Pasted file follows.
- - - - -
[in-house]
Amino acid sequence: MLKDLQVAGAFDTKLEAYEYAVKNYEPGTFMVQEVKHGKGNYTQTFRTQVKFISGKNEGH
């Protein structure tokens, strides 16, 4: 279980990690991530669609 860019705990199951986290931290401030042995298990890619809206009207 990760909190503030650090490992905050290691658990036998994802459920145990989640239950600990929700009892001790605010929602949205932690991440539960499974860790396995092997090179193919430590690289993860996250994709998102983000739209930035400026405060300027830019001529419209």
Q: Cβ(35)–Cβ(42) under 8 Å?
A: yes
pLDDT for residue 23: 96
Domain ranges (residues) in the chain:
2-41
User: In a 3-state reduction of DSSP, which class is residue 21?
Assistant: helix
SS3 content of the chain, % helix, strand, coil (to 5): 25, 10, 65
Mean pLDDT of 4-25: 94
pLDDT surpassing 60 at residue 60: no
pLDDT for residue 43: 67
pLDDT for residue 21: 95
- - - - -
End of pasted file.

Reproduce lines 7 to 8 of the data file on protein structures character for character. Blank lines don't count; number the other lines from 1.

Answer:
Domain ranges (residues) in the chain:
2-41